Continued from last week.
Millar’s habit of writing Swamp Thing tales, which demanded the presence of off-limits DCU characters, never entirely faded. Even at the climax of his run, and despite almost three years of working for Vertigo, Millar’s work radiated a sense of incompleteness. Rather than plotting a conclusion to the series which worked within Vertigo’s limits, Millar produced a final arc that highlighted the arbitrary separation of its affairs from those of the DCU. In it, humanity was knowingly faced with the prospect of its impending doom at the hands of Swamp Thing, and yet the major and minor powers of the superheroic world were conspicuously absent from events. To both Millar and Hester’s regret, and yet surely not their surprise, the former’s request to use icons such as Superman and Batman had been once again knocked back. (*1) Yet continuity demanded that at the very least lip service was paid to the absence of the likes of the JLA. Although the Vertigo and DCU titles were kept mostly separate from one another, the conceit remained that they shared the same universe, the very same history. As such, it was inconceivable that DC’s multitudinous superpeople should have been so noticeably absent from the apocalyptic events that Millar was portraying. It was surely a tale that ought have been written so as to convincingly avoid such an explicit problem, and yet Millar had done nothing of the sort.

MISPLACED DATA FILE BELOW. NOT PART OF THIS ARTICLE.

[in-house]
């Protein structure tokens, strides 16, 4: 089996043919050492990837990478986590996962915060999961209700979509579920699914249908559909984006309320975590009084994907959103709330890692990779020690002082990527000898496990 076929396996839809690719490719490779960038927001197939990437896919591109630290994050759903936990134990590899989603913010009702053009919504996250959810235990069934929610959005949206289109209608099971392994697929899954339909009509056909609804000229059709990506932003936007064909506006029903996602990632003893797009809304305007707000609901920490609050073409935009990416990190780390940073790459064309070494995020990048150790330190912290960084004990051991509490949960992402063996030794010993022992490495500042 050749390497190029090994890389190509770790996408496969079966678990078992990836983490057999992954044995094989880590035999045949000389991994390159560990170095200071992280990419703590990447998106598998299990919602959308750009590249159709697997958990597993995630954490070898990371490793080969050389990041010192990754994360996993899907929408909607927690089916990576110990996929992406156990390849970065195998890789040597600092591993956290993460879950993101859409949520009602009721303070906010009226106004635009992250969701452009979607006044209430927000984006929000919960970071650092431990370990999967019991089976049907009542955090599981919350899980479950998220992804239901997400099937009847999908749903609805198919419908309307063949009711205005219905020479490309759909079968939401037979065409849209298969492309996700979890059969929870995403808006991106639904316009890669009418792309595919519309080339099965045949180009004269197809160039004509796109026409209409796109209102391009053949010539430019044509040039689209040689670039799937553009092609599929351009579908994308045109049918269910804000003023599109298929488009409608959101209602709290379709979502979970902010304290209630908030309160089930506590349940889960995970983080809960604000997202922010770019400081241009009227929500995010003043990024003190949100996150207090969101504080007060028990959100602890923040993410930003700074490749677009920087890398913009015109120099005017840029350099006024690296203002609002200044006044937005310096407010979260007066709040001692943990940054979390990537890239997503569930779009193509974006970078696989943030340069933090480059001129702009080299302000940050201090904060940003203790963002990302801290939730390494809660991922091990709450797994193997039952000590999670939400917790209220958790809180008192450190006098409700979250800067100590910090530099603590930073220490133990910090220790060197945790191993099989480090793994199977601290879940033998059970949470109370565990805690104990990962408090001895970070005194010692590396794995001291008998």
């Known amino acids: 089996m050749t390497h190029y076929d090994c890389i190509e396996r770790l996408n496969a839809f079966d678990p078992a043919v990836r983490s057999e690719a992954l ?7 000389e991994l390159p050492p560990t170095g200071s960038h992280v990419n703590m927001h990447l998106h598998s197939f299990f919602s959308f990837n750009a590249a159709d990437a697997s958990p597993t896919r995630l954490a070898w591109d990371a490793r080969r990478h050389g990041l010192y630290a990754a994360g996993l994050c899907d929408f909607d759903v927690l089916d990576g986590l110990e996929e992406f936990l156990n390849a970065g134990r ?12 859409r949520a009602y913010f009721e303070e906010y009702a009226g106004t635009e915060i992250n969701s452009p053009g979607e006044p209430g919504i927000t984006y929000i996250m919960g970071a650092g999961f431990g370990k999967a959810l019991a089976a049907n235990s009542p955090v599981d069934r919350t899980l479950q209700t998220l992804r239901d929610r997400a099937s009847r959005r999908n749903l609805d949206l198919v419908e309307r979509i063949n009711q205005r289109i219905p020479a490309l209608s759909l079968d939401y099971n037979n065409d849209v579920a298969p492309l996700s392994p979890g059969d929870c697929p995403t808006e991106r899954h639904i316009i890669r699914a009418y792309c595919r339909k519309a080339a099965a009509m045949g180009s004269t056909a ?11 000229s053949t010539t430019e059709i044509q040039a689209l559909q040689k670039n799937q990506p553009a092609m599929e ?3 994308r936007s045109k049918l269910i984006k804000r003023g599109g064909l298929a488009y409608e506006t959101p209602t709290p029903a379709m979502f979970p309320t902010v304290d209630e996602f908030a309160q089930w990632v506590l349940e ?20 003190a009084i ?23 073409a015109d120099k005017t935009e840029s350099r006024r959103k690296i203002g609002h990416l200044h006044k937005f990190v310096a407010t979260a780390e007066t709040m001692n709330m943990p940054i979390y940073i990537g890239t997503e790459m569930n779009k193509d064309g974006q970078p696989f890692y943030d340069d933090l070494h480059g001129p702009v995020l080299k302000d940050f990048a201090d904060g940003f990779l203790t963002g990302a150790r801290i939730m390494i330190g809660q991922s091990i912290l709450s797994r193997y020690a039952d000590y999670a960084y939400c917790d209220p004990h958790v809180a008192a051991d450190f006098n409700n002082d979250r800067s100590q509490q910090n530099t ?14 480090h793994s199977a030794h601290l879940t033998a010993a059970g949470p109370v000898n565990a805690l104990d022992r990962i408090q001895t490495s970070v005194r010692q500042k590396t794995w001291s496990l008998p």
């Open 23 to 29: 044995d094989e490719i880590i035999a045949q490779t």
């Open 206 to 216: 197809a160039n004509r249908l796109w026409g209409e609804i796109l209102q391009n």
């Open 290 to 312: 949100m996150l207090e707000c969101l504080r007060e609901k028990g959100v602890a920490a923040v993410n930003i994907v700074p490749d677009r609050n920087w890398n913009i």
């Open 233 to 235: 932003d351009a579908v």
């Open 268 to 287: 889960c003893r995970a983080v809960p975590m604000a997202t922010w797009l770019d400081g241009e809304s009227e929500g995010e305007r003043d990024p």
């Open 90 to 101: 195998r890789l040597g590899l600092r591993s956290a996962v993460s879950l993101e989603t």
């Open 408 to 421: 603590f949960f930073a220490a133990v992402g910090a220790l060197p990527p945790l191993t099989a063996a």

Nor could his habit of plugging plot-holes with new and obvious imitations of costumed protagonists save the day. After all, he could hardly invent an entire cadre of pseudo-Justice Leaguers. Their presence would inevitably intensify the awareness of the original’s absence, while in turn raising the question of why these newly minted champions had never been seen before. Millar’s references to the DCU continuity that he was allowed to access only compounded the problem. If he could use characters such as the Floronic Man and, at last, the Phantom Stranger, and if references could be made to Arkham Asylum and “super-teams”, then where were the rest of the company’s cast who’d be inevitably concerned with events? The result was a distinct sense of anti-climax which helped to undermine the sense of planetary jeopardy that Millar was striving for. A curate’s egg of a finale, it referenced both the traditional appeal of the DCU and Vertigo’s progressive agenda without ever truly resolving the conflicts and contradictions between the two.